I’ve worked closely with Hon. Laurel Broten, M.P.P., serving as her riding association president for the provincial association of Etobicoke Lakeshore. I am currently (and have been since 2006) the Etobicoke Lakeshore Federal Liberal Association President.

Professionally, I’m a lawyer, and have been since 1994, but please don’t hold that against me! Just thought it best to let you know that. I’m a partner at the Toronto firm Hughes, Amys. In my capacity as a lawyer I’ve had the opportunity to teach. I was given the opportunity in the late 1990s to teach a course in New Media Law at Centennial College, which I enjoyed very much.

I’m not only not new to the world of volunteerism, I have been volunteering for many years with organizations outside of our Liberal family as well. I believe that if one is able to do so, it’s important to participate in volunteerism in our expanded communities as well. I’ve been a member of Leadership Sinai, a volunteer wing of Mount Sinai Hospital, and I’ve worked with the Ontario Brain Injury Association. I’ve also served two terms as the president of The Lawyers Club, and was a board member of the Ontario Public Accountants’ Council. All of these experiences have helped me develop my organizational skills.

What is the biggest challenge facing the Liberal Party of Canada in Ontario today?

Certainly every political party faces challenges, and some of them even overlap between the parties. We want to increase voter participation, we want to ensure we are relevant to the public, and we want the public to care more about the politics of their country.

For me, all of this spells outreach. There is outreach (external outreach) into our communities, and then there is internal outreach, where we connect better with our own membership.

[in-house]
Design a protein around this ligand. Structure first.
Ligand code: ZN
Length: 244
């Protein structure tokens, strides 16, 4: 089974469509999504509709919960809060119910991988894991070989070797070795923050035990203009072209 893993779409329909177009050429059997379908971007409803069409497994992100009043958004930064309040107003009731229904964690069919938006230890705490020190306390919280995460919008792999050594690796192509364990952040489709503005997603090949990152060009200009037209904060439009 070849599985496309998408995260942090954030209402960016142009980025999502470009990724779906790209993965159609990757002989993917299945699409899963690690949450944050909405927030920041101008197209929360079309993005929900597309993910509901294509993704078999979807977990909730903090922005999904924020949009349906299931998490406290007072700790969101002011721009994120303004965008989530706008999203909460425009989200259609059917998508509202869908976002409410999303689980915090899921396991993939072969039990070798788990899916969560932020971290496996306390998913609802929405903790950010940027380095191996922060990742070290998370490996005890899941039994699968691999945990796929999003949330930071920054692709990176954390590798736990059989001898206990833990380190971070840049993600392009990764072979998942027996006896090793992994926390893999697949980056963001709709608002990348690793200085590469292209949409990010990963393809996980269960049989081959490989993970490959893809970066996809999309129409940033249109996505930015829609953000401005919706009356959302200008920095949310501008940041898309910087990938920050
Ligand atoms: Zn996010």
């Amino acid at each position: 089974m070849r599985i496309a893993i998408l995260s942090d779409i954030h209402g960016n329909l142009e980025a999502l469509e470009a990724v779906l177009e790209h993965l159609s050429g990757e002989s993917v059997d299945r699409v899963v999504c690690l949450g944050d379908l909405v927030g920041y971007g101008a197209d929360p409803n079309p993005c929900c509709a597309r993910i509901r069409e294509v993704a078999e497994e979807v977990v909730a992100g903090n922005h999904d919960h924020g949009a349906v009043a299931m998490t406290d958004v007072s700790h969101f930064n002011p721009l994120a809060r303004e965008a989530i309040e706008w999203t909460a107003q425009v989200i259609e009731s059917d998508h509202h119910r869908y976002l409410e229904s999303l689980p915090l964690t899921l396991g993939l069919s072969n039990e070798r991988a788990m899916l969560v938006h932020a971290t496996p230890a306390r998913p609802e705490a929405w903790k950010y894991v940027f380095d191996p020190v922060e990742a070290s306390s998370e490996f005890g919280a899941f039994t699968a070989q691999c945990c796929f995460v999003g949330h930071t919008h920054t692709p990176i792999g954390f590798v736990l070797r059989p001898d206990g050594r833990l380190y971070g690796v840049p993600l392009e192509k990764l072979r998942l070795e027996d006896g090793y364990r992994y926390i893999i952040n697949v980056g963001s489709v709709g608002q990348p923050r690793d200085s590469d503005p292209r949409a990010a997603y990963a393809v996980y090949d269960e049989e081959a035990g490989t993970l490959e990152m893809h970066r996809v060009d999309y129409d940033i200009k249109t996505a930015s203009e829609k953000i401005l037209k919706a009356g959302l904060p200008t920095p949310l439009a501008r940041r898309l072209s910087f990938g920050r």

We have to reach out into our broader communities and find ways to relate to the public, whether they are seniors or youth, new Canadians or established communities. We have to understand what issues are most important to people, and we have to find ways to bridge the gaps.

Internally, we have to reach out to our own membership base. Outreach begins at home, with membership retention. We must ensure that our membership base in one of our top priorities. Membership in the Liberal party must be meaningful, and that means actively engaging our members through internal initiatives.

The V.P. Organization can assist in bridging those gaps by supporting the work of our volunteers, at the association level. Again, this is another example of working from the ground up, within our communities.

What is your view of a 308-riding strategy?

I share many of the views of the authors of the 308-riding strategy document, however, it is important for your readers to know that the 308-riding strategy is meant as a national strategic document. It deals with issues that can only be dealt with at the national level, for example: Services from the national head office to the PTAs, the role of Commissions within our party, and the federated structure of the Liberal Party of Canada.

Can we talk, instead, about a 106-riding strategy? We have 106 ridings in Ontario, so let’s bring this strategy closer to home.

Again, I want to talk about support. The V.P. Organization helps to support the initiatives of our riding associations. Those initiatives, like outreach, membership retention and fundraising (as a few examples) are what’s needed if we’re going to have strong, healthy associations able to wage successful campaigns.

The job descriptions, operations manuals and training are all key elements in supporting each association, but it’s also important to recognize that a 106-riding strategy has to be tailored to each of our associations. There are many differences between our associations. There’s the obvious difference between rural and urban ridings, but there are also ethnic, geographic and language differences. These differences have to be addressed to ensure we are meeting the needs of every association.